By R. Ryan S Patel DO, FAPA OSU-CCS Psychiatrist

According to the Food and Drug Administration, caffeine is widely available and upto 80% of adults have caffeine everyday, upto 200mg, which is about 10 ounces of coffee (1).

Sometimes caffeine is used to help stay awake, alert, keep up with academic demands, etc.

While the many benefits of caffeine have been widely documented, problems and side effects caffeine are not as widely known.

One study looked at the impact of caffeine on stress (2).

Who was involved in the study? (2)

  • 25 participants who used caffeine regularly or were light user of caffeine.
  • Subjects received placebo or caffeine (3.5mg per kilogram of body weight, about 238mg for a person weighing 150 pounds)

What was measured? (2)

  • Blood pressure, cortisol (stress hormone), norepinephrine and epinephrine (also involved in stress response and other functions).
  • Measurements were taken at rest, during a stressful laboratory task, and afterwards at rest.

What were the results? (2)

  • Compared to placebo, caffeine caused more than DOUBLE the levels of epinephrine and cortisol, both involved in stress response.
  • Effects were similar in both habitual and light users.
  • Habitual use of caffeine did not development of tolerance to the bodily response.
  • Even at rest, caffeine increased blood pressure and plasma norepinephrine levels.

What do the results mean?

Caffeine may increase your stress level whether you are using caffeine sporadically or regularly.

What are some other effects of too much caffeine?

  • Caffeine had as early as 7amlead to less efficient sleep and reduced total sleep at 9pm (3).
  • Some people have more daytime sleepinessbecause of caffeine related sleep disruption (4).
  • Caffeine canreduce bloodflow to the brain by up to 27% (5)
  • Too much caffeine can cause (1):
    • Worsening of anxiety
    • Jitteriness
    • Nervousness
    • Sleep disturbance
    • Headaches
    • Make your heart beat faster,  palpitations, high blood pressure, abnormal heart rhythms

What are some caveats?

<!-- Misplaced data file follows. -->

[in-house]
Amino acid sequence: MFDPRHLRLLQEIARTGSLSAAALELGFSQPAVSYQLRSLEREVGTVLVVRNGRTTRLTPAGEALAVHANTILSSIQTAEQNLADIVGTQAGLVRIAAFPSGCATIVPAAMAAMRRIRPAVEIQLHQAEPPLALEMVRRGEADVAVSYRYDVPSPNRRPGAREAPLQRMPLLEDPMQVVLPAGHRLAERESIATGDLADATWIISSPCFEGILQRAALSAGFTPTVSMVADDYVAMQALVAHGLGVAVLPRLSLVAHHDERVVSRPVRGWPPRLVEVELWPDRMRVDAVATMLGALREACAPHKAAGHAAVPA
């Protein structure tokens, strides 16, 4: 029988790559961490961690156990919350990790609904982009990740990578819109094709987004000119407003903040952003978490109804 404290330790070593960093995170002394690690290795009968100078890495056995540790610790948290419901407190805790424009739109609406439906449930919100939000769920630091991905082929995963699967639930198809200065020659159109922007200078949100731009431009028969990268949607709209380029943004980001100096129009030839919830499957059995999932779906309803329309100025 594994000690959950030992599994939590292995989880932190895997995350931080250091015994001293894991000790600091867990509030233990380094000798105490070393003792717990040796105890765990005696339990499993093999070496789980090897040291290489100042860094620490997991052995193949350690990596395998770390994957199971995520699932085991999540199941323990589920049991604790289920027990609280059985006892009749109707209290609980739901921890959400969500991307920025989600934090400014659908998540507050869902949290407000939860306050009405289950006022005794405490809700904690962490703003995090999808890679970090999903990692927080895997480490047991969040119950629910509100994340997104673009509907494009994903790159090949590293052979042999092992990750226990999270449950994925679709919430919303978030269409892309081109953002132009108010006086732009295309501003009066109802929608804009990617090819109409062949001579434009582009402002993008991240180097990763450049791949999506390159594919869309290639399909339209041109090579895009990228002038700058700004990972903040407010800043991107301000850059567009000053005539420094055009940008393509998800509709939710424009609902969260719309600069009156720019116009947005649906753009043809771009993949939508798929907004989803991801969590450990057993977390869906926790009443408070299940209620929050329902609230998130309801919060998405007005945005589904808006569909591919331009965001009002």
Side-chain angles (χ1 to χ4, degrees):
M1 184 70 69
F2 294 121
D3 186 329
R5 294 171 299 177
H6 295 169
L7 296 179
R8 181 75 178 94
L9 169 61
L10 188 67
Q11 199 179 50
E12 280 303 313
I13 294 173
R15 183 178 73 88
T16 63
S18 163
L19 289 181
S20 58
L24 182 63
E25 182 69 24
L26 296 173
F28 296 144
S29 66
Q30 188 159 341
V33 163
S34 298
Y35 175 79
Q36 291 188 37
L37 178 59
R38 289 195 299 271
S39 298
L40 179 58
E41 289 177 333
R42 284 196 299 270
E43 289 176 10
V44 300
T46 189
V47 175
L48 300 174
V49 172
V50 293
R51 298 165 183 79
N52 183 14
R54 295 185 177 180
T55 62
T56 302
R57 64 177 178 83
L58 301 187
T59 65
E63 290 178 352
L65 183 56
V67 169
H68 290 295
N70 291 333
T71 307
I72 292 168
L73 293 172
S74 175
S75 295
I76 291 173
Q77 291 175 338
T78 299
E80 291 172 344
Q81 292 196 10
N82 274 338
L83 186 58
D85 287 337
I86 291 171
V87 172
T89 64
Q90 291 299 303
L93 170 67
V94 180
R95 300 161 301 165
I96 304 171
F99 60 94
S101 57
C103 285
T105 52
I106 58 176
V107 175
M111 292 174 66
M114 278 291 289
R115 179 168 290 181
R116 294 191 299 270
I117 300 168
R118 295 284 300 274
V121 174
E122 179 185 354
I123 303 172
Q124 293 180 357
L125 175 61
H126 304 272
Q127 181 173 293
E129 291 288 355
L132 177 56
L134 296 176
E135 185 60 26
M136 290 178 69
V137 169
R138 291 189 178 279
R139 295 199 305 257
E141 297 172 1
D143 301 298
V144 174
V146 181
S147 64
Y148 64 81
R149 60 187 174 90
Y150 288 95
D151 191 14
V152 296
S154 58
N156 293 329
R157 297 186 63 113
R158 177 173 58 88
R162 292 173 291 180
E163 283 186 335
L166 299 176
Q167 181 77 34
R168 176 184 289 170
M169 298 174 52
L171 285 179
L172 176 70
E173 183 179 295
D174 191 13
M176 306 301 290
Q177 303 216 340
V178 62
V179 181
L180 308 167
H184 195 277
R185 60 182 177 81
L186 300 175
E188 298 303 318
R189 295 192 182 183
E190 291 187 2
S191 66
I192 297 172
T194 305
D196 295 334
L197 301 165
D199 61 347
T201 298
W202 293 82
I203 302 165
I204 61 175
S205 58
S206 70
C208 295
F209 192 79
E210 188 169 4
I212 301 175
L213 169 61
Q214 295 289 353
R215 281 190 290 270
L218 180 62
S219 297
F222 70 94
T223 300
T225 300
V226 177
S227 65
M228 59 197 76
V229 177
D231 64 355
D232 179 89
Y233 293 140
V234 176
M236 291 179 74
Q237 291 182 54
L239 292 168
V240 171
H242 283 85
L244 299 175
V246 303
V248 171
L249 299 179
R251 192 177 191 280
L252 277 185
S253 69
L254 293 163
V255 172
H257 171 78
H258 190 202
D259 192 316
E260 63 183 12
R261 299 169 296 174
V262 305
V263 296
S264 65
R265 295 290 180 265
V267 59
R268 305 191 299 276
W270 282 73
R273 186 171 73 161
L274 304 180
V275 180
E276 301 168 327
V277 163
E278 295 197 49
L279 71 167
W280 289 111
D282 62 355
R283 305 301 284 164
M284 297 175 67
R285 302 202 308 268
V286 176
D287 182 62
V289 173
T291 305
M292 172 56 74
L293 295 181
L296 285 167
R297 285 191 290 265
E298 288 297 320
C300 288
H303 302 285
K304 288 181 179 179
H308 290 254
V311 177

• This is a small study and there are many studies showing positive and negative effects of caffeine.
  • Not everyone has the same benefits or side effects caffeine.
  • The AMOUNT of caffeine that has beneficial and harmful effects can be different for different people.
  • Some people can metabolize caffeine much faster or slower than others (6).
  • For some people, it can take days to weeks to see benefits from reducing or eliminating caffeine.
  • Stopping caffeine abruptly can lead to withdrawal headaches, irritability, and other symptoms.

Are you feeling stressed, irritable or anxious? How is your caffeine intake? Could you benefit from less?

Disclaimer: This article is intended to be informative only. It is advised that you check with your own physician/mental health provider before implementing any changes. With this article, the author is not rendering medical advice, nor diagnosing, prescribing, or treating any condition, or injury; and therefore claims no responsibility to any person or entity for any liability, loss, or injury caused directly or indirectly as a result of the use, application, or interpretation of the material presented.


  2. Land JD, Adcock RA, Williams RB, Kuhn CM. Caffeine effects on cardiovascular and neuroendocrine responses to acute psychosocial stress and their relationship to level of habitual caffeine consumption.  Psychosom Med. 1990 May-Jun;52(3):320-36.
  3. P. Landolt, E. Werth, A.A. Borbely, D.J. Dijk.  Caffeine intake (200 mg) in the morning affects human sleep and EEG power spectra at night. Brain Research, 675 (1–2) (1995), pp. 67–74.
  4. Roehrs, T. Roth. Caffeine: sleep and daytime sleepiness. Sleep Med Rev, 12 (2) (2008), pp. 153–162.
  5. Addicott M.A., Yang L.L., Peiffer A.M., Burnett L.R., Burdette J.H., Chen M.Y.. et al. The effect of daily caffeine use on cerebral blood flow: how much caffeine can we tolerate? Hum. Brain Mapp. 2009;30:3102–3114.
  6. Cornelis, M. C. et al. Genome-wide meta-analysis identifies six novel loci associated with habitual coffee consumption. Mol. Psychiatry 20, 647–656 (2015).

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Posted by R. Ryan Patel DO, FAPA OSU CCS Psychiatrist at 11:50amPosted in AnxietyBrain HealthNutrition mental healthProductivityStress Management Tagged anxietybrainbrain changesnutrition for mental healthpractices that reduce anxietyreduce anxiety 75 Comments

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